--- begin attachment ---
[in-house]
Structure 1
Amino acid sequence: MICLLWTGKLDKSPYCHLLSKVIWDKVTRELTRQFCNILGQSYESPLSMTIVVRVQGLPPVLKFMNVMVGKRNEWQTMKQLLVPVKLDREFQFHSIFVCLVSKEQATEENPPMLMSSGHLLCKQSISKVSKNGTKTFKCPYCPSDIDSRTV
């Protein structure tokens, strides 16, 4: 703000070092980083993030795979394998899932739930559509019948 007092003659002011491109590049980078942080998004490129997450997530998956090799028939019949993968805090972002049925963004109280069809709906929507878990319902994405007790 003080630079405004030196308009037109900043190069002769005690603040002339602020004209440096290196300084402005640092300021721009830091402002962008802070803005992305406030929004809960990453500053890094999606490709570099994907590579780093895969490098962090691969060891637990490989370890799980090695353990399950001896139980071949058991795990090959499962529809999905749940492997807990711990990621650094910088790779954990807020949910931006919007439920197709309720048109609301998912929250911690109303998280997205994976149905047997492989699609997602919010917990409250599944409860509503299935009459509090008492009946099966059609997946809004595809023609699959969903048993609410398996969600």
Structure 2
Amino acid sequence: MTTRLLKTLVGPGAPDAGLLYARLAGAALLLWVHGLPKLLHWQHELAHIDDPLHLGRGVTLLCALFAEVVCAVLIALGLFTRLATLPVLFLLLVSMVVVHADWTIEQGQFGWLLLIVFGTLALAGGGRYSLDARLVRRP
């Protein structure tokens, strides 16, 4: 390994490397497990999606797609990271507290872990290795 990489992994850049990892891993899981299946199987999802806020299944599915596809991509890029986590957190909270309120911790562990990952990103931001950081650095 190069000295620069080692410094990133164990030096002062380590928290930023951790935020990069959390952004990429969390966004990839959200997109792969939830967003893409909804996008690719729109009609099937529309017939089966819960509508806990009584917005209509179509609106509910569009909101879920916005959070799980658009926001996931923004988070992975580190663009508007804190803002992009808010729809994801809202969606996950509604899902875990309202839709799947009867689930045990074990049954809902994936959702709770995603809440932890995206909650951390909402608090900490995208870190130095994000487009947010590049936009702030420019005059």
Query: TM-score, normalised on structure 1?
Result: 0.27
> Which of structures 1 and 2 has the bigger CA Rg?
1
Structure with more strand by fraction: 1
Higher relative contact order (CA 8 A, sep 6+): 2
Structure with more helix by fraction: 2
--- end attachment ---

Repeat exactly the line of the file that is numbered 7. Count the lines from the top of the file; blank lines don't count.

């Protein structure tokens, strides 16, 4: 390994490397497990999606797609990271507290872990290795 990489992994850049990892891993899981299946199987999802806020299944599915596809991509890029986590957190909270309120911790562990990952990103931001950081650095 190069000295620069080692410094990133164990030096002062380590928290930023951790935020990069959390952004990429969390966004990839959200997109792969939830967003893409909804996008690719729109009609099937529309017939089966819960509508806990009584917005209509179509609106509910569009909101879920916005959070799980658009926001996931923004988070992975580190663009508007804190803002992009808010729809994801809202969606996950509604899902875990309202839709799947009867689930045990074990049954809902994936959702709770995603809440932890995206909650951390909402608090900490995208870190130095994000487009947010590049936009702030420019005059």